Herbs for Stress

Herbs for Stress:
Part of a Complete
Holistic Medicine Strategy

It’s a great example of the healing power of nature that herbs for stress reduction have grown on this planet as long as humans have experienced stress. It reminds me of the wonderful symmetry of creation, that the substances that we need to stay healthy and even combat disease are usually found in some form in nature. Stress does not have to be associated with disease of course, and some stress is actually helpful for us humans in moving us and motivating us to achievement. An unmet need such as cold in the winter, hunger, or lack of paid work is a stress, but this stress can lead to creativity and problem solving. Our response to stress can in that way be adaptive and healthy, creating the opportunity for growth and self-improvement, and general improvement of the planet. 

But sometimes stress can become overwhelming and lead to fatigue, depression, and a sense of helpless inaction, when the weight feels so heavy we don’t feel we can carry our daily burdens. It’s at those times that holistic medicine solutions such as herbs for stress reduction are most welcome; this may include breathing exercises(more powerful than you think), talk therapy with a psychologist, physical exercise, movement therapies like Qigong (chee-gung) or yoga, and a number of different herbal medications.


There are two general classes of herbs for stress which come to mind. One is called adaptogens, or tonics; this class of herbal medications acts to protect the overall system from the hormonal drain of stress; doctors trained in herbal medicine like to say that adaptogens protect the hypothalamic-pituitary-adrenal axis. Herbal medications in this category include ginseng, ashwaganda, astragalus, eleuthero, cordyceps mushroom, and licorice root.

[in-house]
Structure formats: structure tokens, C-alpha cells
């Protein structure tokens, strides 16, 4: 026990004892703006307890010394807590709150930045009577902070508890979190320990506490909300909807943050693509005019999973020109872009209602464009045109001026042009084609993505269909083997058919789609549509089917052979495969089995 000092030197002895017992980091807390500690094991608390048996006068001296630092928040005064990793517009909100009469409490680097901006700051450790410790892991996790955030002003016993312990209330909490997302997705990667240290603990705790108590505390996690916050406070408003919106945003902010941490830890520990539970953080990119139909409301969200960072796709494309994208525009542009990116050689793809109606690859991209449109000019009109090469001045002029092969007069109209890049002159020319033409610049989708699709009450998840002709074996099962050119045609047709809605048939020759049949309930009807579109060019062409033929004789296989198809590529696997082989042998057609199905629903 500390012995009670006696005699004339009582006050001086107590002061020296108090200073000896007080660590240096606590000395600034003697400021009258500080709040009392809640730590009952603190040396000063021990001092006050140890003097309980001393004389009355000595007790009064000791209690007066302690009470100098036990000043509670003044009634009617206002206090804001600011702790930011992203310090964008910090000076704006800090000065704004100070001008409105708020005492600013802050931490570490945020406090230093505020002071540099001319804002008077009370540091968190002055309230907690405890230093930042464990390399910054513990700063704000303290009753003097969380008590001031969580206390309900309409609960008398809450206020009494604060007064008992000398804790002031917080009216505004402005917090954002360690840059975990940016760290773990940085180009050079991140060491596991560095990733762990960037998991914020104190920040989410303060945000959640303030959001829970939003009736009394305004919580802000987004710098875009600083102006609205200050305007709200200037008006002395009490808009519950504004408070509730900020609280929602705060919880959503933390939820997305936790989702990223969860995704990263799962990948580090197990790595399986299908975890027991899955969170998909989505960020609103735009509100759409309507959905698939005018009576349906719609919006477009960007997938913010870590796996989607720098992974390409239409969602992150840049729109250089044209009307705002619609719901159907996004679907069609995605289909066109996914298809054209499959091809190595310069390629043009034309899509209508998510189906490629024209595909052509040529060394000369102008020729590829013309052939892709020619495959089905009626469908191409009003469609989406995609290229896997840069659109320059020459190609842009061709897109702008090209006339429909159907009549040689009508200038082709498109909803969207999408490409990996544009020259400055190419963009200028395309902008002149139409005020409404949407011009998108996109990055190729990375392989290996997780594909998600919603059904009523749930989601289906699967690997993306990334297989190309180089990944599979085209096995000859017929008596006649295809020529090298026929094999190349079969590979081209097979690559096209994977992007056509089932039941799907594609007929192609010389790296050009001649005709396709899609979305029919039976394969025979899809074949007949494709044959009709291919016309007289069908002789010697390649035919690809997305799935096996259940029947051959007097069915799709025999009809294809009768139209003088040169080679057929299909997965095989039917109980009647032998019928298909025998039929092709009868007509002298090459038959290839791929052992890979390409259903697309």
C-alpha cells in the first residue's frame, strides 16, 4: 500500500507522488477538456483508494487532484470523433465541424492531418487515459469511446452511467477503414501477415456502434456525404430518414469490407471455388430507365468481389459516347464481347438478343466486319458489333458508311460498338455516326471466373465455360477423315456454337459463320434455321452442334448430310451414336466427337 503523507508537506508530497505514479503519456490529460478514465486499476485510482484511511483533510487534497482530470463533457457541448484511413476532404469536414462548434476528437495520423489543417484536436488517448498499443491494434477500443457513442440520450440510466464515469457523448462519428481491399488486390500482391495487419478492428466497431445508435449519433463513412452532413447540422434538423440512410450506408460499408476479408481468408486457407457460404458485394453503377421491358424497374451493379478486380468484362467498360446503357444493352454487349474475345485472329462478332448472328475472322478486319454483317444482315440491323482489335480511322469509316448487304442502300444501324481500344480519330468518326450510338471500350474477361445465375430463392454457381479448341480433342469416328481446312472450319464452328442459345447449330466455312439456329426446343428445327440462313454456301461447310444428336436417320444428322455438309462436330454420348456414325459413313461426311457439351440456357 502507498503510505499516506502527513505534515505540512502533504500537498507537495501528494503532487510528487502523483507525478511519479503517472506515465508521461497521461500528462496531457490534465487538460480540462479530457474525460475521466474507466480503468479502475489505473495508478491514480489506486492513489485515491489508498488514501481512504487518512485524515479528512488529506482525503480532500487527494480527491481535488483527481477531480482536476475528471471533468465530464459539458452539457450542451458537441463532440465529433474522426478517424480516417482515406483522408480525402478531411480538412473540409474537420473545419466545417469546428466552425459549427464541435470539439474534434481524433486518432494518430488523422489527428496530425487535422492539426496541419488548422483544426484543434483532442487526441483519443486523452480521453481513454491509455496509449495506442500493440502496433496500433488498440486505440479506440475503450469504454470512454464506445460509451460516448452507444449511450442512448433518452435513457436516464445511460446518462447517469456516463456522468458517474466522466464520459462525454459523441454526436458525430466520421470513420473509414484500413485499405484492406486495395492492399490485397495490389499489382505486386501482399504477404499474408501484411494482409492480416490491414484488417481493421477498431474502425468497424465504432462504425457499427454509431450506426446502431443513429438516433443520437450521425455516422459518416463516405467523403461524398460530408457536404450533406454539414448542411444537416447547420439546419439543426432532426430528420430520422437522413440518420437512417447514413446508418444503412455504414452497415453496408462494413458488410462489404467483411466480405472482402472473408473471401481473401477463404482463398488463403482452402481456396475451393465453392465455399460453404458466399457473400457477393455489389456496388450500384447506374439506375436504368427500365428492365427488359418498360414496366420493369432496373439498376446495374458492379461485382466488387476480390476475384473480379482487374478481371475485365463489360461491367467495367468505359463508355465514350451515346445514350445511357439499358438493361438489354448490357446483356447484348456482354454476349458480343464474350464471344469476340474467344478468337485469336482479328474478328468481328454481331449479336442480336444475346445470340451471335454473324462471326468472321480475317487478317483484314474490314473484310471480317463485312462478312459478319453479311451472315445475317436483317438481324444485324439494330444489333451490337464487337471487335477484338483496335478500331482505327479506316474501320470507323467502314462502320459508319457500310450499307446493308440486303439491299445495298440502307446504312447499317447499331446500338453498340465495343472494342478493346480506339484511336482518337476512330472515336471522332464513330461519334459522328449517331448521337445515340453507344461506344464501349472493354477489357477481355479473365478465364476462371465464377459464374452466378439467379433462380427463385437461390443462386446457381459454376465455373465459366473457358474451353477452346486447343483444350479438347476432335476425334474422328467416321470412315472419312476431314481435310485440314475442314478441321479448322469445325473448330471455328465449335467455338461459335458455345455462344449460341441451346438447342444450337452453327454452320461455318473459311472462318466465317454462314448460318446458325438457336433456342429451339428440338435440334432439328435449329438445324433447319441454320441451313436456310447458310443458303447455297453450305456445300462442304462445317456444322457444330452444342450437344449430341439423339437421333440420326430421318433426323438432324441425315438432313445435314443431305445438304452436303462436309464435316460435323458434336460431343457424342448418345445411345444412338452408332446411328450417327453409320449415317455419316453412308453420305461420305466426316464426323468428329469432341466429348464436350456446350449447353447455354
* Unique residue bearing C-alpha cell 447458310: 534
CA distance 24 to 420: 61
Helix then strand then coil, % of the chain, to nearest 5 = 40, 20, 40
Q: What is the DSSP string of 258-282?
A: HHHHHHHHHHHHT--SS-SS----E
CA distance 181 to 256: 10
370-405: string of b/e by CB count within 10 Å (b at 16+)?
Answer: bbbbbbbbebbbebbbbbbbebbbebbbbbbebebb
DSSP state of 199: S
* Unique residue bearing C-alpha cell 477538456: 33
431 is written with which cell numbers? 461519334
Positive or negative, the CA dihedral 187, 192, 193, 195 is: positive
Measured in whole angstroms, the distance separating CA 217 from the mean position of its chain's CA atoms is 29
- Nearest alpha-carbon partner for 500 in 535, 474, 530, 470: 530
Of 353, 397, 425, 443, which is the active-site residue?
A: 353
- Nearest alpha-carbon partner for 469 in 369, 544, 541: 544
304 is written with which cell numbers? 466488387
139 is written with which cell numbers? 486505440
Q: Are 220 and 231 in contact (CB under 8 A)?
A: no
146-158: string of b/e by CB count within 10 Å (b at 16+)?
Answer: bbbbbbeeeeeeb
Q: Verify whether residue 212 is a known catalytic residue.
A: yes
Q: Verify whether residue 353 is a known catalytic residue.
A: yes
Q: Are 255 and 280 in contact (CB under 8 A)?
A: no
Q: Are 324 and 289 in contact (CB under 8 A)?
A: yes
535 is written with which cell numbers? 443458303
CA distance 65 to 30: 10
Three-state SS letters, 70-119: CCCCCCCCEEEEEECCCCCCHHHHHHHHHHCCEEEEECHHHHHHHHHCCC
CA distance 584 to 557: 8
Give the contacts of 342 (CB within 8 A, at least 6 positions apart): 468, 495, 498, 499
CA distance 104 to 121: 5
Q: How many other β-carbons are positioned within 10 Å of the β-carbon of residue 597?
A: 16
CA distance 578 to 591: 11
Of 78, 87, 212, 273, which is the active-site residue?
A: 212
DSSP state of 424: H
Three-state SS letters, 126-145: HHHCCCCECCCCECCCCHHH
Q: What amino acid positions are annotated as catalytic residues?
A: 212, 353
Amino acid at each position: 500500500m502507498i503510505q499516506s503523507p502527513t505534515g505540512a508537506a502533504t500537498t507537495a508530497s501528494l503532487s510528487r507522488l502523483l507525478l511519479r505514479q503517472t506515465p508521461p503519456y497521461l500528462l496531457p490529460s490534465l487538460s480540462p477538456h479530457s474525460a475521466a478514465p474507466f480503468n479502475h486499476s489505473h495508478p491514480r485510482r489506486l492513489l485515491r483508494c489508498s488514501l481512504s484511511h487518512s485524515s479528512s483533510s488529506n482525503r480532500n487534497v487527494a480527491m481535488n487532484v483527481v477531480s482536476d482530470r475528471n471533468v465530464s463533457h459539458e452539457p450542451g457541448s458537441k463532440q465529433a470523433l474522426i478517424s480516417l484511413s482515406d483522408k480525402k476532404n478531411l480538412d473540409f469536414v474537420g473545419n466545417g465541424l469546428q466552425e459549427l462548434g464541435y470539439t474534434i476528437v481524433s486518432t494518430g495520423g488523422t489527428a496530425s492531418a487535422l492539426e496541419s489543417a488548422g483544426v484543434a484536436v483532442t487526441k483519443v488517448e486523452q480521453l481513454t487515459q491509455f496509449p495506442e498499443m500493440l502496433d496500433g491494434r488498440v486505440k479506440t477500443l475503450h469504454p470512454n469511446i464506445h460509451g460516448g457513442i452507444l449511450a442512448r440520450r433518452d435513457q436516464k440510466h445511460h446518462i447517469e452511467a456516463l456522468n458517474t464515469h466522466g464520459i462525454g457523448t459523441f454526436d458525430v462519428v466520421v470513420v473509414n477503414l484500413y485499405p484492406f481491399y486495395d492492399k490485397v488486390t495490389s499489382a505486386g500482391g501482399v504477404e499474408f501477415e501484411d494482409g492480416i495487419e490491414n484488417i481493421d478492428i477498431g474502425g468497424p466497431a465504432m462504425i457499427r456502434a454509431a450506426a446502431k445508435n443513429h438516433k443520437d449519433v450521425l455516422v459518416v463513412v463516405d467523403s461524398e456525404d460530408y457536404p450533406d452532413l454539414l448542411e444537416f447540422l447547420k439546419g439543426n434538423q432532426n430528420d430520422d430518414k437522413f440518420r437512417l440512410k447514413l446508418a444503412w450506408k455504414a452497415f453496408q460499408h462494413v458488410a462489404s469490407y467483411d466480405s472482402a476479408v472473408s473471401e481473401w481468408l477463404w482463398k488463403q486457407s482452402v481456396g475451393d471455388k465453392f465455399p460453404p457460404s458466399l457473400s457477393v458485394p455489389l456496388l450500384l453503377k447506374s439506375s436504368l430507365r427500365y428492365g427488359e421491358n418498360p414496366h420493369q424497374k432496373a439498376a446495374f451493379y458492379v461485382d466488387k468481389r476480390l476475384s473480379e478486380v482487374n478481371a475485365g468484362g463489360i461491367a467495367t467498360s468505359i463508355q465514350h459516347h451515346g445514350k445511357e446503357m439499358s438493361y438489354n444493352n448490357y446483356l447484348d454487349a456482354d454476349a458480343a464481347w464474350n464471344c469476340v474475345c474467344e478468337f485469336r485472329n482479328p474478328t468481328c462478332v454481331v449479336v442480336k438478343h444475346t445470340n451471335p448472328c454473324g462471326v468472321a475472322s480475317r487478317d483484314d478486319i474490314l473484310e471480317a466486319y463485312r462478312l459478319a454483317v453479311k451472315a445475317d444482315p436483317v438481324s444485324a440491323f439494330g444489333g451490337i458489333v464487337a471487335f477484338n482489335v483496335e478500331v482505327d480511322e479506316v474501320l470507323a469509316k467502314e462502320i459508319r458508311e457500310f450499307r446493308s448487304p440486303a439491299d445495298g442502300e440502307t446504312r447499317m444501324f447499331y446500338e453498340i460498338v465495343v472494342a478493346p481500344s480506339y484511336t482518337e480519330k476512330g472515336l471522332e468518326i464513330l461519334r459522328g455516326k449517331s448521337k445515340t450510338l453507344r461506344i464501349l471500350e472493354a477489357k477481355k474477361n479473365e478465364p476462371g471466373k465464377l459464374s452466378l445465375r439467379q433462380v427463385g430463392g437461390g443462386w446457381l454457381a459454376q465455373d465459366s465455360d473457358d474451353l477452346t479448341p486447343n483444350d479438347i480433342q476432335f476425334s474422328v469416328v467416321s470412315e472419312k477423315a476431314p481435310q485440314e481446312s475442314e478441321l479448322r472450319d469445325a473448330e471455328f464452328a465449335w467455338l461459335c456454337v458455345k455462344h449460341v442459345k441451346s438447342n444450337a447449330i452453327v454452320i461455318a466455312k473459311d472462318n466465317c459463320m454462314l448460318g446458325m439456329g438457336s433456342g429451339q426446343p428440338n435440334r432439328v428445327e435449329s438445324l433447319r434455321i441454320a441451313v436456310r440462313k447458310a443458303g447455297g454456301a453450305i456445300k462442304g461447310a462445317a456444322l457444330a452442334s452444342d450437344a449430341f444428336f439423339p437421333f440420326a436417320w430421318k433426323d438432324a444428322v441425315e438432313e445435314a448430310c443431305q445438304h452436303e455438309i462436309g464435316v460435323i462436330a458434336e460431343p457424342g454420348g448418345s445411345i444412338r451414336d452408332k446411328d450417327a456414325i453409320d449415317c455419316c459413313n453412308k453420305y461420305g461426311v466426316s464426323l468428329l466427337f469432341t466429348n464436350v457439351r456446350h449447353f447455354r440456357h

A word of caution about licorice root is in order. There are good scientific data which show that licorice root supports the adrenal glands when they are not keeping up with the demands for cortisol in response to stress, associated with chronic fatigue or long term steroid use which may have suppressed the adrenals. Licorice could play an important role as a temporary supplement to aid in recovery from severe stress and fatigue, but long term use should be under medical supervision. The reason for caution is that taking very high doses for more than a few weeks can lead to salt and water retention and high blood pressure (by modifying the metabolism of adrenal hormones).

The other herbal medications mentioned support the hormonal system from the mid-brain, pituitary and adrenal glands but without the marked effects on cortisol levels and possible side effects of licorice. These would be very useful when there is a need for relief from chronic stress, higher energy levels, and relief from fatigue but without known malfunction of the adrenal glands and their ability to keep up with cortisol demands. I have personally taken all of these in two to three month courses at some time, and I find that they all help to some degree. My observation is that each individual is different, and some trial use with careful self-observation is the best way to determine which will meet your needs. Usually I recommend a 2 month course, then go off the herb to get a sense of how it was helping.


The second class of herbs for stress which I believe are very useful are those which can decrease anxiety and improve sleep. Poor sleep by itself can be very stressful and exhausting. Herbs for better sleep include valerian,chamomile, passion flower, and lemon balm. For daytime anxiety, I have seen great success in usingchamomile tea (a very strong infusion) as an herbal medication four times daily. Hops is a wonderful herbal medicine which helps reduce anxiety and improve sleep.

A reduction in anxiety allows the adrenal glands to move out of “fight or flight” mode into appropriate rest when needed, so the system can restore itself. Think of it this way: if the system is in high anxiety all the time, it’s like a car engine running at maximum RPM’s while sitting still, so the “energy tank” gets empty really quickly while you still don’t get where you need to go. Anything to reduce anxiety, including herbal medications but also breathing exercises, prevents your energy system from draining itself so quickly (this concept is sometimes described asadrenal fatigue ).

And as always, if you plan to use herbs for stress, please check with a doctor who is knowledgeable in this area especially to assure that there are no adverse interactions with prescription medication or other herbs. And I think you will be pleased at how these herbal medications support your system in a time of stress.


To your health and wellness,




Robert Pendergrast, MD 

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